My perspective on the 2018 budget Our Green West Orange, a local group advocating for change in the town with the motto "Working to keep West Orange green, safe and affordable," invited me to my perspective on the 2018 municipal budget at a meeting May 12, 2018, at Total Wine. I tried to highlight some issues and provide context. You may be interested in the parts where I show that the town's chief financial officer was budgeted for his fourth and fifth consecutive annual raises -- including one for next year! -- to a salary of nearly $174,000. That's up $33,500, or 24%, over five years. He and three others in his department received raises of $36,000 -- three of them already making more than $100,000 and one making nearly $65,000. I also took questions from the audience. The meeting was LiveCast on Facebook. For video, please click here.  


Senior Citizens Advisory Board This 9:45 video shows Joe's 2016 efforts to create a Senior Citizens Advisory Board and the resistance to the legislation from other council members, one of whom cites the mayor's opposition. The resistance includes delays in placing the legislation on a meeting agenda and the council's vote to not even allow discussion or public comment of the proposed ordinance, which is here.


Essex Green Executive Drive Redevelopment Area For the last year, the township administration and council majority have pushed for the creation of a redevelopment area comprising Essex Green and Executive Drive. In January, the council voted to create the redevelopment area based on a report from the town's part-time planner finding that the proposed area qualified under the state law and that Essex Green was "untenantable." (Since that report was completed, in October 2017, Essex Green has signed three new tenants.) The law deems an area in need of redevelopment to be "blighted," for the purposes of meeting the requirement of the state constitution. It also allows the municipality to grant 30-year tax abatements and Payments In Lieu of Taxes (PILOTs) as incentives to developers to invest in areas that cannot attract private capital. Following the designation, Joe wrote an opinion article for The West Orange Chronicle summarizing the many ways the project meets neither the language nor the intent of the redevelopment law.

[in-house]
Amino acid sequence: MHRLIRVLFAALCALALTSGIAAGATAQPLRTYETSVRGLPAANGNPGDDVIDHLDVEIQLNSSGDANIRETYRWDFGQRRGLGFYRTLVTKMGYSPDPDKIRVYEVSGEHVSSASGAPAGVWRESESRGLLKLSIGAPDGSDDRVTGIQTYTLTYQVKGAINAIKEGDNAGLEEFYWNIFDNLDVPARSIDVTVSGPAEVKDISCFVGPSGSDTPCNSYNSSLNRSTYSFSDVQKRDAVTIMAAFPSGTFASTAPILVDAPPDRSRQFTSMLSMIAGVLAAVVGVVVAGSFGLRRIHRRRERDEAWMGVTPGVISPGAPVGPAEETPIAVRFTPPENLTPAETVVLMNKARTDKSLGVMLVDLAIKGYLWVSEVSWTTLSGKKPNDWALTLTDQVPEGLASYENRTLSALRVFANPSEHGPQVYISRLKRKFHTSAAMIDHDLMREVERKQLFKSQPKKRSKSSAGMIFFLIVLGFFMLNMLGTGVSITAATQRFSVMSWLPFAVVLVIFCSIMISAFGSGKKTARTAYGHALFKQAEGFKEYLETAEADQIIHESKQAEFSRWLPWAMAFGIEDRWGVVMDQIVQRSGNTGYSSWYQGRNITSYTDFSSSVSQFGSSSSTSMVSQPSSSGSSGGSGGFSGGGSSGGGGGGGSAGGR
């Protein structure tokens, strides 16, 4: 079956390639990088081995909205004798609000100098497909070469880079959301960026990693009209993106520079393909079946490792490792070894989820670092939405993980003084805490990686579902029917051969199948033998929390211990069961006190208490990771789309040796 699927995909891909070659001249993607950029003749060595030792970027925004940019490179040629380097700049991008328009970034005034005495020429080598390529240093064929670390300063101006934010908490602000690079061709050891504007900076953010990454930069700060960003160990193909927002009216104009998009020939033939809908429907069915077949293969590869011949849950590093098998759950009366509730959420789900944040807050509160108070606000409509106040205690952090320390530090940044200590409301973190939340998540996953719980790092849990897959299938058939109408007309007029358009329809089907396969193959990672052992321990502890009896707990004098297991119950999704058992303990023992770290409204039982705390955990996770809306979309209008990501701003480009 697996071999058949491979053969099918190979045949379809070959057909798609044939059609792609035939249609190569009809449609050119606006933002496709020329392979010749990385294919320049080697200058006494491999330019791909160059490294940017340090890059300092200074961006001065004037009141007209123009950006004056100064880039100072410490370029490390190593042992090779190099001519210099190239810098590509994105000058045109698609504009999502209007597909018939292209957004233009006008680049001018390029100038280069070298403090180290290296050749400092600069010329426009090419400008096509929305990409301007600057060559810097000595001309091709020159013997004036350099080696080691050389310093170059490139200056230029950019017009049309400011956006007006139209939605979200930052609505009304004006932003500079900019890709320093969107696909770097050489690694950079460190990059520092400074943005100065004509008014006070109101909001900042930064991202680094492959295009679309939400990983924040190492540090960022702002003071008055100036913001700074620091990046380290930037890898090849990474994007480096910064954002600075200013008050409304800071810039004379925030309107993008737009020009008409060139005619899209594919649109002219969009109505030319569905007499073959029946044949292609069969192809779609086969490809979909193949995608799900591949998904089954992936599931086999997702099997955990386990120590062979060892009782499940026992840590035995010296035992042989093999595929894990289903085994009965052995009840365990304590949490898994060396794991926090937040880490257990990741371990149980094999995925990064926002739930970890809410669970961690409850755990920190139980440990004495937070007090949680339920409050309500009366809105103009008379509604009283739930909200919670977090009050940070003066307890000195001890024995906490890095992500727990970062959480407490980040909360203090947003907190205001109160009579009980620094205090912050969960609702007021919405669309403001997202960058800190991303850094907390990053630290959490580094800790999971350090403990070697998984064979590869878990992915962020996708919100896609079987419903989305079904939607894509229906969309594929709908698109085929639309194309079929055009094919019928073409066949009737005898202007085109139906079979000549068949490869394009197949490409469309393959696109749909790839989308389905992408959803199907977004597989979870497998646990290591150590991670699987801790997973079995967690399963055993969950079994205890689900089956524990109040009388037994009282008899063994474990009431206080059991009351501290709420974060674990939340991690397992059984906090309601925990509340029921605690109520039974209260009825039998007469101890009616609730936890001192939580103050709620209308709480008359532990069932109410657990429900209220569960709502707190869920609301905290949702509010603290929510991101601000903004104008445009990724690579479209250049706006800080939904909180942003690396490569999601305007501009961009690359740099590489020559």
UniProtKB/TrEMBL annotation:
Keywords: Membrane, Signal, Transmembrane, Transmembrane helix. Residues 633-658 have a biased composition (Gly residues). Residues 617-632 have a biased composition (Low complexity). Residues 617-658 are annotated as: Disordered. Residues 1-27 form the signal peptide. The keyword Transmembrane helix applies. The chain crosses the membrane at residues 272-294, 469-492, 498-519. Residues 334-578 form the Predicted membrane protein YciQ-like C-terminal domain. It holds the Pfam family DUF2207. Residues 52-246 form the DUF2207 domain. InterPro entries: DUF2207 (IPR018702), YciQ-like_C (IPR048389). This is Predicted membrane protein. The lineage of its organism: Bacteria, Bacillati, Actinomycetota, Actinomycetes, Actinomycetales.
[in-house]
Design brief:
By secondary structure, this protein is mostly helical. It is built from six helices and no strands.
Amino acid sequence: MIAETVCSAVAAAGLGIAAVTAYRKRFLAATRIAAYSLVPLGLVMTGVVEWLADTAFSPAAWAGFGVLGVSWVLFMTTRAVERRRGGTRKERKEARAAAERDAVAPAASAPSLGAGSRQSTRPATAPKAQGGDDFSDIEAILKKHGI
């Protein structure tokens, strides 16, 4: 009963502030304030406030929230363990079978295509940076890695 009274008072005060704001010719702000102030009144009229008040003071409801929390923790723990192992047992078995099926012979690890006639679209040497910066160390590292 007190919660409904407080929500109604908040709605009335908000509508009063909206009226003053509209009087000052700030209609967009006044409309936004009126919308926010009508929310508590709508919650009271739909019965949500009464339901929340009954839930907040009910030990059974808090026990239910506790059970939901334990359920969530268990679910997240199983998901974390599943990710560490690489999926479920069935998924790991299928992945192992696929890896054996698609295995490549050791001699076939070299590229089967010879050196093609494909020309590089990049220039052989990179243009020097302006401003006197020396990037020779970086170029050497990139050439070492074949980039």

"Opinion: A grave misinterpretation of redevelopment law"

"I was the sole vote against creating the Essex Green Executive Drive Redevelopment Area at the Jan. 9 Township Council meeting, primarily because I believe it does not even come close to meeting the law’s restrictive standards. The state Legislature limited usage because the law’s authority allowing incentives could be abused. This could hurt taxpayers at the expense of wealthy commercial property owners that don’t need any help, but are happy to accept abatements, avoiding millions of dollars in future property taxes that must be made up by the rest of us.

"The Legislature is clear on the law’s purpose: to bring private capital and economic activity to areas that cannot attract either ..." For the rest of the article, please click here.